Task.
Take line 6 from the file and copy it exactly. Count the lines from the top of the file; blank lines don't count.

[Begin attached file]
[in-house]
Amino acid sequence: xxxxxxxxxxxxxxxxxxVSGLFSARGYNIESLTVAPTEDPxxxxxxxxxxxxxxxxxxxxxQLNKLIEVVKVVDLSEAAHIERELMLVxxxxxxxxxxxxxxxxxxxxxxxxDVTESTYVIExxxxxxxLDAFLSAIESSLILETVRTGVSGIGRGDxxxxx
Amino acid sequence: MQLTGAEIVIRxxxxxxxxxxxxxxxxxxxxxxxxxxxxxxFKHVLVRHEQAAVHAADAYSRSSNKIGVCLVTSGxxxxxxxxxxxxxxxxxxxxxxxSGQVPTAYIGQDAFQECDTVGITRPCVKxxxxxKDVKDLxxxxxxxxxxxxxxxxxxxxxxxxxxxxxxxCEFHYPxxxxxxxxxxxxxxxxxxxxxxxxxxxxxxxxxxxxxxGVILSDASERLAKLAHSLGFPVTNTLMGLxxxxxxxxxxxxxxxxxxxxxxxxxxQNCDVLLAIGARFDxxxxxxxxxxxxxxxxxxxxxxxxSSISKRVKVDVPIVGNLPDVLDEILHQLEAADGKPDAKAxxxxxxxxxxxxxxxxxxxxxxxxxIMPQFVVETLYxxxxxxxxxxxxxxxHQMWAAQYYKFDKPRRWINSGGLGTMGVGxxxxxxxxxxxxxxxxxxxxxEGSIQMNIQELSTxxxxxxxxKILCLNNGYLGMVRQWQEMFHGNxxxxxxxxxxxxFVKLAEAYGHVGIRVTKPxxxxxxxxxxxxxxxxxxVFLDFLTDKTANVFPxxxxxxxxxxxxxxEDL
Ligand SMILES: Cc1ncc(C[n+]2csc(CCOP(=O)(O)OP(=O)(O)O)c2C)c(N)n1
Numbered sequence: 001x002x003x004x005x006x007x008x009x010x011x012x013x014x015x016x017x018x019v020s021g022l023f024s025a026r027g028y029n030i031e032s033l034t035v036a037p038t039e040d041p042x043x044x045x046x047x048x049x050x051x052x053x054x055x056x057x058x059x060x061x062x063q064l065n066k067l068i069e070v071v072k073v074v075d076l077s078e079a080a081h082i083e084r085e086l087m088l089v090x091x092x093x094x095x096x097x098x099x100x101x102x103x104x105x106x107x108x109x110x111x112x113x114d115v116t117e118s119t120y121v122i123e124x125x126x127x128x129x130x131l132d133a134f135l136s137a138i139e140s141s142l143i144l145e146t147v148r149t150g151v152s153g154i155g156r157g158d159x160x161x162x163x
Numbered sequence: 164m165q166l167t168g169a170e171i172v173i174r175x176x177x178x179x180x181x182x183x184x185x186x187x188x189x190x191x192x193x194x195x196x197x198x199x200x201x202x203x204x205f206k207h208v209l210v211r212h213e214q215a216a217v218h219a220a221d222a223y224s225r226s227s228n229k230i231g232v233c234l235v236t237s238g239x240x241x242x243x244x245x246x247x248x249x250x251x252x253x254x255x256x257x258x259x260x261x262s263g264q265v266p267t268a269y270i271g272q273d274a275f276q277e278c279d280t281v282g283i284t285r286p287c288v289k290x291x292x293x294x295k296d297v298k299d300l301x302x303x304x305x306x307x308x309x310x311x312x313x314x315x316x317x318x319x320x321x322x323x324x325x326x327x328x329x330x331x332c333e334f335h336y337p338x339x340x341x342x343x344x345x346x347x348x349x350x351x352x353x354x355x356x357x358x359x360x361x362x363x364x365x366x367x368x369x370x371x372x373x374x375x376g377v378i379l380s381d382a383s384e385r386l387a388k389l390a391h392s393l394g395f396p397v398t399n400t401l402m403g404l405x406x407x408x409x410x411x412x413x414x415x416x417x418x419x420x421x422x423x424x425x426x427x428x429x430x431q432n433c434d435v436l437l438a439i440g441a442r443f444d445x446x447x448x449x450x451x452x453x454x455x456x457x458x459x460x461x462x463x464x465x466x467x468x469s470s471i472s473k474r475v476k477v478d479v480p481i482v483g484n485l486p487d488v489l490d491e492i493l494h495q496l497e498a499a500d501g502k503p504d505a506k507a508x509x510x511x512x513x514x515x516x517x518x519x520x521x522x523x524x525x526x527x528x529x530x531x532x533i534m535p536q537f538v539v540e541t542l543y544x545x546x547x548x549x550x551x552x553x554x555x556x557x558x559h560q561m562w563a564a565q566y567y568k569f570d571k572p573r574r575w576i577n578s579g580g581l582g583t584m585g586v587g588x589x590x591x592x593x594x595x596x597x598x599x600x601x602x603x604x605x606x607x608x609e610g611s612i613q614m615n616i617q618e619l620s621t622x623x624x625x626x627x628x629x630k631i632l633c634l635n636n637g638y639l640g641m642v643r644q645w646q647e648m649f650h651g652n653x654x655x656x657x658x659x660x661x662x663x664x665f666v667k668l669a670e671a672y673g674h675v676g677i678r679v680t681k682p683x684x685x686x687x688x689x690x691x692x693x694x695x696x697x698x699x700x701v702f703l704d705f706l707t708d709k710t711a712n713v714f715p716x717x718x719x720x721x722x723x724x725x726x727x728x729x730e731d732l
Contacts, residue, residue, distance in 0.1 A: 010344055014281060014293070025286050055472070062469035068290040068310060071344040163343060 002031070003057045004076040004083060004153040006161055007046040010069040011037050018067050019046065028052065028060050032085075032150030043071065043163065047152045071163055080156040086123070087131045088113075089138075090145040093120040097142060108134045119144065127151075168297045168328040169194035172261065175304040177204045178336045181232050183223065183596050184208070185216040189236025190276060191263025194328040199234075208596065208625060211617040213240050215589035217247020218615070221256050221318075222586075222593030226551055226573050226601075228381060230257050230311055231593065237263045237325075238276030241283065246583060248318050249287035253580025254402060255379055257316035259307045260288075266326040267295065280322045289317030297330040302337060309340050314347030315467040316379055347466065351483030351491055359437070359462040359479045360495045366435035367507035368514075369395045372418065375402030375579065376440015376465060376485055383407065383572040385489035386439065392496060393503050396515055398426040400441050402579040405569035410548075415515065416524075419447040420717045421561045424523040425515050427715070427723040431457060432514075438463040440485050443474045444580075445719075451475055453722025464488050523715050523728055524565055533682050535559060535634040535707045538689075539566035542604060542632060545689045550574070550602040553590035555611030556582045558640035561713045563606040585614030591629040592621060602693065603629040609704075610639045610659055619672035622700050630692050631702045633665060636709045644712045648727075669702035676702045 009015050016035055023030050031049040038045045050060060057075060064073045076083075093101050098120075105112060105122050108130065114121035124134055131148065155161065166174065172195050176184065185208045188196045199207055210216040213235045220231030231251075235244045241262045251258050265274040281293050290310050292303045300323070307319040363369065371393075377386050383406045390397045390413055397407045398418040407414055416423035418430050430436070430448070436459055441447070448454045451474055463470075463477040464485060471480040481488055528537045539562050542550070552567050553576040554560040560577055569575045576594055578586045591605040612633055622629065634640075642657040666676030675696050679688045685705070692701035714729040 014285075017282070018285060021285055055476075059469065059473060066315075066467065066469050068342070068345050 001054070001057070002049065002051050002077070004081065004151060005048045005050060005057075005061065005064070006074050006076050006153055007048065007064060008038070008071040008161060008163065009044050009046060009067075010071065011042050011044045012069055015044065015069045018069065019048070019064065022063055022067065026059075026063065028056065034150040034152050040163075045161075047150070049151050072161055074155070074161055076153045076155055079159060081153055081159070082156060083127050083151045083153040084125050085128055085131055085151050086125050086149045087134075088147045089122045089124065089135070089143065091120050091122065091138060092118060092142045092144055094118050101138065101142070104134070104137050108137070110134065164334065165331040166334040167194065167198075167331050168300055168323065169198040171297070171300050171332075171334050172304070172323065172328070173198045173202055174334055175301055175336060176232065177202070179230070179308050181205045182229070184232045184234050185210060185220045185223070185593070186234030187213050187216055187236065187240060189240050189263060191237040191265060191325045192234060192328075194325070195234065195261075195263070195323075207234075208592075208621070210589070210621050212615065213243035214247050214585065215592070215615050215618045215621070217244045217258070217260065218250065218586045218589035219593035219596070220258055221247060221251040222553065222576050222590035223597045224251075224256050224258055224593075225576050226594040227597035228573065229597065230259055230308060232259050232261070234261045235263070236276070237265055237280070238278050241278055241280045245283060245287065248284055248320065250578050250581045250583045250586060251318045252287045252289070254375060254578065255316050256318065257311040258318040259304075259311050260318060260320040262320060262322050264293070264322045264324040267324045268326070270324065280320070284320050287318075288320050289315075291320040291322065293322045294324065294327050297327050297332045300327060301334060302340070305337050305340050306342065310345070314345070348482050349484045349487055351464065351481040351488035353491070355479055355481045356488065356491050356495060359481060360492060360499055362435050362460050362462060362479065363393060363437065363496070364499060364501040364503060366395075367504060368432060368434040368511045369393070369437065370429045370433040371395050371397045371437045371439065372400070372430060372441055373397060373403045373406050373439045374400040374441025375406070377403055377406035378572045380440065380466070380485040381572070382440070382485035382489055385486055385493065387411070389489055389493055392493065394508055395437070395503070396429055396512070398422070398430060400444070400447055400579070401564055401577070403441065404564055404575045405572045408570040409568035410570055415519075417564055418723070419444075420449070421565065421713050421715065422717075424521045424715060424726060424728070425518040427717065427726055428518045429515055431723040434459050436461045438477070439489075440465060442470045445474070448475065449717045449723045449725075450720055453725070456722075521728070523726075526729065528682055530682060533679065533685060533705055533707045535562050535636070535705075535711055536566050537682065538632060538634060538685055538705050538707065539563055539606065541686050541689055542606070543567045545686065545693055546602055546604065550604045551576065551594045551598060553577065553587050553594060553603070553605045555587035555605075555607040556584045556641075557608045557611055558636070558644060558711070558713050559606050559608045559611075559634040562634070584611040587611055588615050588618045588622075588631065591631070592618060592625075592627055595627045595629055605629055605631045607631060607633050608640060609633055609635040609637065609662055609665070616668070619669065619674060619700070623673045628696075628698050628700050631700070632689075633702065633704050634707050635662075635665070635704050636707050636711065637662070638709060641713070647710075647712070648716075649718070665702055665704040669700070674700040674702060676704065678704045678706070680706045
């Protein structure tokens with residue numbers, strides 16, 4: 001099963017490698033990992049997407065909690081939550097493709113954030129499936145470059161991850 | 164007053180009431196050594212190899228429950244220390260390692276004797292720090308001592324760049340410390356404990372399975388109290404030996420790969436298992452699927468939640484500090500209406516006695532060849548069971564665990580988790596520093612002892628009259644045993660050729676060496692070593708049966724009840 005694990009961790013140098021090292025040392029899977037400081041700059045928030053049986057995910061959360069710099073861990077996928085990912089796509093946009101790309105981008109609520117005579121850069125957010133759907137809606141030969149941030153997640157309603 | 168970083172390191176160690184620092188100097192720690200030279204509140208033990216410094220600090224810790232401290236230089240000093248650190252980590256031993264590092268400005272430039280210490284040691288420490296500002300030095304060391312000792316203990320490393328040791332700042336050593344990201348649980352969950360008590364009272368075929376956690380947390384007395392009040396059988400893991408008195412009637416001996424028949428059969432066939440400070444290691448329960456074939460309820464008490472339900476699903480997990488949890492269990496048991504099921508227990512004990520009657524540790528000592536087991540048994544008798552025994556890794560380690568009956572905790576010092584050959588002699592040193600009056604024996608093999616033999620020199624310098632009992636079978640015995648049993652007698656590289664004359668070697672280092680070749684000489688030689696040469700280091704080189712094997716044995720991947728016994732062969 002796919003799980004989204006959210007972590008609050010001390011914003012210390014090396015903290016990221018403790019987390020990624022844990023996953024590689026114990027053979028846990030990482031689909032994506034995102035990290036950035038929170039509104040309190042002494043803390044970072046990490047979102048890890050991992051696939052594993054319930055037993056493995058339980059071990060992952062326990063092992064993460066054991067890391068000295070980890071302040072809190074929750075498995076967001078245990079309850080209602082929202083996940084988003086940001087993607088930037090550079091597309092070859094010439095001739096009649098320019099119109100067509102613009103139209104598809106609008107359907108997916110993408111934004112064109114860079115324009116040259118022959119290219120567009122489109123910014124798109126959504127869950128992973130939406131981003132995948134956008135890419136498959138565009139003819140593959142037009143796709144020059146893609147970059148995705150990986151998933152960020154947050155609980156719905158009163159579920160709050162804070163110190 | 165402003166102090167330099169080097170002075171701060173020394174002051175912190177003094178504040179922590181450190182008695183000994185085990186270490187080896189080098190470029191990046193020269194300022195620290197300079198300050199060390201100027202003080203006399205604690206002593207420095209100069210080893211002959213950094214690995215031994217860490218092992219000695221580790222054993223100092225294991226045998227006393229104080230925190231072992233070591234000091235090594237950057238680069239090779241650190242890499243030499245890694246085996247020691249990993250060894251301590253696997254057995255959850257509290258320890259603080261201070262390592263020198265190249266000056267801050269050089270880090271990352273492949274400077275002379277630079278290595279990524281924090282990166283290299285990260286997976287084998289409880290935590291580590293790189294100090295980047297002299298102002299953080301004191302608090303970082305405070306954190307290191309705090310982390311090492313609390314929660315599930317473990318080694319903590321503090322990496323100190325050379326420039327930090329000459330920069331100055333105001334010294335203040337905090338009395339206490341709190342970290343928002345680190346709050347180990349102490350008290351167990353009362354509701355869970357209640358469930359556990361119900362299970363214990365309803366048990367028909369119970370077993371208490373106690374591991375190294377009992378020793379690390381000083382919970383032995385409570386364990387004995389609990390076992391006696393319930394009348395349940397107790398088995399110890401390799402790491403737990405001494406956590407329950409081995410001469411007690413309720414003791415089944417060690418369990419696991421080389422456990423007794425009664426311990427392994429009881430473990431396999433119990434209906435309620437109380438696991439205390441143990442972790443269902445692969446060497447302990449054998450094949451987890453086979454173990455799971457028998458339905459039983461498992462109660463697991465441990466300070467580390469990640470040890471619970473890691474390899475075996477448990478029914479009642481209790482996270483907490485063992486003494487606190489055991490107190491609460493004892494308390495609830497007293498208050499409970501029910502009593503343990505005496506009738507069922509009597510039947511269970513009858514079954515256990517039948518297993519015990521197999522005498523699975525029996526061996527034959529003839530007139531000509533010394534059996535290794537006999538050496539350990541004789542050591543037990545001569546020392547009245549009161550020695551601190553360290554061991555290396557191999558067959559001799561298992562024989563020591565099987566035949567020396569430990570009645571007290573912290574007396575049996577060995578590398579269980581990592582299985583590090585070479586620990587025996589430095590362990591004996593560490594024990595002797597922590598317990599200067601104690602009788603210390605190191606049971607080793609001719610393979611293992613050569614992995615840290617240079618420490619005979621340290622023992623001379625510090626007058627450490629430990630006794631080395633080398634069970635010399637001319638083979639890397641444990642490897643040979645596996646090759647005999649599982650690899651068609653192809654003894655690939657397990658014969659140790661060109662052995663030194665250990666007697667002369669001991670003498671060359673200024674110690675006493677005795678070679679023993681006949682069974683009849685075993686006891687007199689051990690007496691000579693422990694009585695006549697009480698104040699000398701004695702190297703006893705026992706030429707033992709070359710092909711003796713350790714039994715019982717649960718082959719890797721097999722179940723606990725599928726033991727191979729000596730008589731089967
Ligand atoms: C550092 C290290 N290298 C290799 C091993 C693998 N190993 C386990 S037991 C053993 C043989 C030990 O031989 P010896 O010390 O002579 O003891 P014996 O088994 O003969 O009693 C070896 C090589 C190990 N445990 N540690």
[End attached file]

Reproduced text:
Numbered sequence: 164m165q166l167t168g169a170e171i172v173i174r175x176x177x178x179x180x181x182x183x184x185x186x187x188x189x190x191x192x193x194x195x196x197x198x199x200x201x202x203x204x205f206k207h208v209l210v211r212h213e214q215a216a217v218h219a220a221d222a223y224s225r226s227s228n229k230i231g232v233c234l235v236t237s238g239x240x241x242x243x244x245x246x247x248x249x250x251x252x253x254x255x256x257x258x259x260x261x262s263g264q265v266p267t268a269y270i271g272q273d274a275f276q277e278c279d280t281v282g283i284t285r286p287c288v289k290x291x292x293x294x295k296d297v298k299d300l301x302x303x304x305x306x307x308x309x310x311x312x313x314x315x316x317x318x319x320x321x322x323x324x325x326x327x328x329x330x331x332c333e334f335h336y337p338x339x340x341x342x343x344x345x346x347x348x349x350x351x352x353x354x355x356x357x358x359x360x361x362x363x364x365x366x367x368x369x370x371x372x373x374x375x376g377v378i379l380s381d382a383s384e385r386l387a388k389l390a391h392s393l394g395f396p397v398t399n400t401l402m403g404l405x406x407x408x409x410x411x412x413x414x415x416x417x418x419x420x421x422x423x424x425x426x427x428x429x430x431q432n433c434d435v436l437l438a439i440g441a442r443f444d445x446x447x448x449x450x451x452x453x454x455x456x457x458x459x460x461x462x463x464x465x466x467x468x469s470s471i472s473k474r475v476k477v478d479v480p481i482v483g484n485l486p487d488v489l490d491e492i493l494h495q496l497e498a499a500d501g502k503p504d505a506k507a508x509x510x511x512x513x514x515x516x517x518x519x520x521x522x523x524x525x526x527x528x529x530x531x532x533i534m535p536q537f538v539v540e541t542l543y544x545x546x547x548x549x550x551x552x553x554x555x556x557x558x559h560q561m562w563a564a565q566y567y568k569f570d571k572p573r574r575w576i577n578s579g580g581l582g583t584m585g586v587g588x589x590x591x592x593x594x595x596x597x598x599x600x601x602x603x604x605x606x607x608x609e610g611s612i613q614m615n616i617q618e619l620s621t622x623x624x625x626x627x628x629x630k631i632l633c634l635n636n637g638y639l640g641m642v643r644q645w646q647e648m649f650h651g652n653x654x655x656x657x658x659x660x661x662x663x664x665f666v667k668l669a670e671a672y673g674h675v676g677i678r679v680t681k682p683x684x685x686x687x688x689x690x691x692x693x694x695x696x697x698x699x700x701v702f703l704d705f706l707t708d709k710t711a712n713v714f715p716x717x718x719x720x721x722x723x724x725x726x727x728x729x730e731d732l